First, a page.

Another 9.4 percent said their target customers' revenue was $10 million to $49.9 million. Only 17.1 percent of solution providers target customers larger than $50 million. (Nearly 20 percent weren't sure.)
The recession might be behind us and the economy is on the mend. But ever-cautious solution providers see plenty of potential dangers for their businesses in 2011.
One potential obstacle is economic trouble in specific target markets, vertical industries and/or geographies, according to 60.9 percent of those surveyed. Customer inability to justify IT investments is cited by 55.7 percent, while 45.6 percent point to competition from other solution providers.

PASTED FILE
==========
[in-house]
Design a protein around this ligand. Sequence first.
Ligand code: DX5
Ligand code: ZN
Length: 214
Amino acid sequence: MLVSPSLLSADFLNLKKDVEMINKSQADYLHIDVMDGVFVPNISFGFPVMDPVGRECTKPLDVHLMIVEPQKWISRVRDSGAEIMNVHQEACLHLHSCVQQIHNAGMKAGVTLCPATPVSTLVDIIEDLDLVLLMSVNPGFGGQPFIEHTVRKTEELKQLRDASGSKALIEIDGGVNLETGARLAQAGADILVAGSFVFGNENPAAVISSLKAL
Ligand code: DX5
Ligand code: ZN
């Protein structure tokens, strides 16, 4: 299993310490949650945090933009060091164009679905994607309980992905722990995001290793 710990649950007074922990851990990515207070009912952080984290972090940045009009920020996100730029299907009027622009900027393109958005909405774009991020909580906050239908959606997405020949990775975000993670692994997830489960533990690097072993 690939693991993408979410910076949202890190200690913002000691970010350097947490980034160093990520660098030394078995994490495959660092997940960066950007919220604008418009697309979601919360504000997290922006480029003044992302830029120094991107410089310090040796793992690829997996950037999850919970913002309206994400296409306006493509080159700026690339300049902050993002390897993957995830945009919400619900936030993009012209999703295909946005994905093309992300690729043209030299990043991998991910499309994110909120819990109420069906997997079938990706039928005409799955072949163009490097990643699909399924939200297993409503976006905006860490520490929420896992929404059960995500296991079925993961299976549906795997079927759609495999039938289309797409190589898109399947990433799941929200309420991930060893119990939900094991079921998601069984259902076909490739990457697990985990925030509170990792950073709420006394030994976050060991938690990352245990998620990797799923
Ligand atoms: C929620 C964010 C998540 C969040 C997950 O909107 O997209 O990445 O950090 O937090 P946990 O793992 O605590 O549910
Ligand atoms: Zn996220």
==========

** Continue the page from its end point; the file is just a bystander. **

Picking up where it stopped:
Other potential pitfalls are customer inability to pay or finance (cited by 38.3 percent), competition from vendor service organizations (30.2 percent) and lack of effective marketing and demand generation activity (28.9 percent).
While finding skilled workers has been a major problem for solution providers in the past, only 26 percent saw that as a problem in the current economy.
Solution providers are always on the lookout for new strategies and 46 percent say it's likely or extremely likely they will expand their solution offerings this year into new emerging technology areas. Another 25.3 percent said the same about forming new strategic supplier partnerships.
But while 11.2 percent said it's likely/extremely likely they will acquire other businesses to expand into new emerging technology areas, 46.4 percent called such a move unlikely or extremely unlikely.
In the first half of 2010 solution providers spent 18 percent of revenue on investments to add to or improve their services capabilities or services profitability